Demand Free Speech for Tulane University Students!
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University officials at Tulane University have turned their backs on their own free speech policies at the expense of students.
On paper, Tulane University values free speech; their "Demonstration Guidelines" assert: "Tulane is committed to an environment in which a variety of ideas can be freely expressed and critically examined. The University expects that the expression of views be made with respect for the dignity and freedom of others." And their "Social Media Guidelines" state that it "encourages freedom of expression and recognizes the value of diverse opinions."
"We the above signed stand with Speech First and urge Tulane University to revise its 'Acceptable Use Policy,' its 'Demonstration Policy,' and its 'Anti-Harassment Policy' to bring them into compliance with the First Amendment."
Unfortunately, the school doesn't live up to those lofty words.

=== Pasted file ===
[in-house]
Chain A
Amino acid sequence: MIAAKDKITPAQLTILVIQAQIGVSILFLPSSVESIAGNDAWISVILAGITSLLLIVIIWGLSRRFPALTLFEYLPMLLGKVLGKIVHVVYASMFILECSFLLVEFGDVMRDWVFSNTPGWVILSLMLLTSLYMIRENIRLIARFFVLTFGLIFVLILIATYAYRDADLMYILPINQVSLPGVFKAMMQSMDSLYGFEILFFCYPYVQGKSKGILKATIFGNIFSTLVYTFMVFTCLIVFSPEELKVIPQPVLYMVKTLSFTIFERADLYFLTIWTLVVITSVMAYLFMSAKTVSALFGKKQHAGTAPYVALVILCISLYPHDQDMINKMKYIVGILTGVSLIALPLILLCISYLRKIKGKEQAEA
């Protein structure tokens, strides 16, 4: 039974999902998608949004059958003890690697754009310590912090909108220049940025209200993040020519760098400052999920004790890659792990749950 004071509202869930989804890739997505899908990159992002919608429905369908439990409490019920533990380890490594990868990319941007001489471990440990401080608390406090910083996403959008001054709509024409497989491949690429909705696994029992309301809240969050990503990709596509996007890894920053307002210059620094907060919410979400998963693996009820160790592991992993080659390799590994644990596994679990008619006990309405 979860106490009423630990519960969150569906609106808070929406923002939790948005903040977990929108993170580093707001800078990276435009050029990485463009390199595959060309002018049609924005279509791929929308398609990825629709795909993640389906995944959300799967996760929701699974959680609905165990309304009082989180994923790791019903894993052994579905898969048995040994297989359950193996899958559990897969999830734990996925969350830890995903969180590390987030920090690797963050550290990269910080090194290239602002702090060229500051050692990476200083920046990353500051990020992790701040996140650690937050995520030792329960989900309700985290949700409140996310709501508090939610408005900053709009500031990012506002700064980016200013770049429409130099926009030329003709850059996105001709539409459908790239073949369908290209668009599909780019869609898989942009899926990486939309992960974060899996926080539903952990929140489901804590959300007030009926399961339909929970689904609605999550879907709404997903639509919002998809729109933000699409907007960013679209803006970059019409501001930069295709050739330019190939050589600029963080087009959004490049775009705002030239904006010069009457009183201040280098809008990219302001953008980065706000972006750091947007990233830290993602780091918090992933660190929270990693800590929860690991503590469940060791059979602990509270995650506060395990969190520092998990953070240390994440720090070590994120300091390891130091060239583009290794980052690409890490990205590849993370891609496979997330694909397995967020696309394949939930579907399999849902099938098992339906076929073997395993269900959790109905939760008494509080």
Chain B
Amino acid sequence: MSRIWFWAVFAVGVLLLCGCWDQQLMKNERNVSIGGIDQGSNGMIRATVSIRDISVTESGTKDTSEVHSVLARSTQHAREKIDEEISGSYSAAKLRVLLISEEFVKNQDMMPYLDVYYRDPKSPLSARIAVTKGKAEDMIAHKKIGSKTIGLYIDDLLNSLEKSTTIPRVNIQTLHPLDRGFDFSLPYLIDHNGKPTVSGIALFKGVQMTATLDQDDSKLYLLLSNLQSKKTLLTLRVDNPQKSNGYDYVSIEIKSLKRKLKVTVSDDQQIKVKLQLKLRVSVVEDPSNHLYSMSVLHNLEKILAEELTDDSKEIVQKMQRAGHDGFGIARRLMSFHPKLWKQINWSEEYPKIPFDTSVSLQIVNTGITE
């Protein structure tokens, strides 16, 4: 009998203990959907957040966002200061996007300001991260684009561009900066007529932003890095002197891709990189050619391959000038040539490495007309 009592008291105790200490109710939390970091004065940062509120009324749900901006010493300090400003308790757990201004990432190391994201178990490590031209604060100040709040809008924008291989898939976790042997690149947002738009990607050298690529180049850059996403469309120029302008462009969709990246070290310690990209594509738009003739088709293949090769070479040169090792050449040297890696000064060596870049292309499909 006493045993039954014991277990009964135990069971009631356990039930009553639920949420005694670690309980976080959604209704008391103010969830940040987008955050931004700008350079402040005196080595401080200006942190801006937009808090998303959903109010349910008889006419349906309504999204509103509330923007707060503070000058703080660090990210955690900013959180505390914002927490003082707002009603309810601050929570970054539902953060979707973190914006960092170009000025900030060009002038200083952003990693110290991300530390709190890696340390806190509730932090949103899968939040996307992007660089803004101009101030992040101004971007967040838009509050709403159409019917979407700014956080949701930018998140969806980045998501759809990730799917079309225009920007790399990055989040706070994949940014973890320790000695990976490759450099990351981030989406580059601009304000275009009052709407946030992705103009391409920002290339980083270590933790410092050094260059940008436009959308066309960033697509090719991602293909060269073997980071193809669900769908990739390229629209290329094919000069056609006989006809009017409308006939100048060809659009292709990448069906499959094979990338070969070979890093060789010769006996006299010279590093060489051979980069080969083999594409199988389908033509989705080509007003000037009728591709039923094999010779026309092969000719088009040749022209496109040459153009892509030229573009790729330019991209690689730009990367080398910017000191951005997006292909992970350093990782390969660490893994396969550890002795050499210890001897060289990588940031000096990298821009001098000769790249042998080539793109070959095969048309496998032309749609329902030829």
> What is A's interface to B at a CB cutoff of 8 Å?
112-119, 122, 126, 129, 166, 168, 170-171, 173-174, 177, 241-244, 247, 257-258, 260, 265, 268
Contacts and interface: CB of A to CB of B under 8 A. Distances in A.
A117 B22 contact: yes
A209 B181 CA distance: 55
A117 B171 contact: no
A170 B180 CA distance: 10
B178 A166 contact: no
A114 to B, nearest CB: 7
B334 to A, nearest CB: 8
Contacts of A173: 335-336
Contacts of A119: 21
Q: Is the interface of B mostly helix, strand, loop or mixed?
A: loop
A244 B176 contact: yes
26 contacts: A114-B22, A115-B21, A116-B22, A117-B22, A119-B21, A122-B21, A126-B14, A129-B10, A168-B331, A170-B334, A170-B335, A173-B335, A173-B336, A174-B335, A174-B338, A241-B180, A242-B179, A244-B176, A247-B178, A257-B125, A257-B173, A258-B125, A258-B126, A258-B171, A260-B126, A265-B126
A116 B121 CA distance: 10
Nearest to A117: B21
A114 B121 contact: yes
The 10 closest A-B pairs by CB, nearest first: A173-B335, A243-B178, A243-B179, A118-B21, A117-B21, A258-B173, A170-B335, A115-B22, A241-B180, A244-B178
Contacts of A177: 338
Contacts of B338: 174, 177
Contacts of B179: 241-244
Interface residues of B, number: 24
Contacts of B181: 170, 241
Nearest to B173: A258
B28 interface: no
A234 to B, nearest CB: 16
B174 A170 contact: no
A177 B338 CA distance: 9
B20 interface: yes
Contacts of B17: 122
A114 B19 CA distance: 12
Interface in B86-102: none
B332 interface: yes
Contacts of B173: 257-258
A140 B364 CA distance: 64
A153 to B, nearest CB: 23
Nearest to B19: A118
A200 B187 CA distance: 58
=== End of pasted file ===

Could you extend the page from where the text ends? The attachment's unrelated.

- Student protests must provide the school with two days' advance notice (defeating the spontaneity of such events!);
- Their internet policy requires students to "communicate only in ways that are kind and respectful";
- Students may not post social media material that is "profane, libelous, obscene, threatening, abusive, harassing, hateful, defamatory or embarrassing to anyone"; and
- The school bans "harassment, intimidation, or cyberbullying."
Unfortunately, it's become clear that these days, any opinion or political belief - as well as any use of humor, satire, or parody - will be perceived by somebody as "intimidating" or "bullying" - which means that expressing an idea could be grounds for major punishment.
Over the summer, student activists sent Tulane administrators a list of demands, including:
- Students who post "hate speech" on any form of social media be investigated and held accountable for their actions by the school;
- That a "zero tolerance" policy be implemented for racist, sexist, misogynistic, or bigoted language by students, faculty, or staff.
Think it won't happen? Recently, bureaucrats at Tulane caved to student demands and postponed an online talk by author Edward Ball, whose book, Life of a Klansman, described his ancestor's experience as a white supremacist - a book that the New York Times lauded for its anti-racist messages!
Let's encourage Tulane University to fix its broken policies and stand firm against student activists' demands that would gut free expression and discourse on campus.
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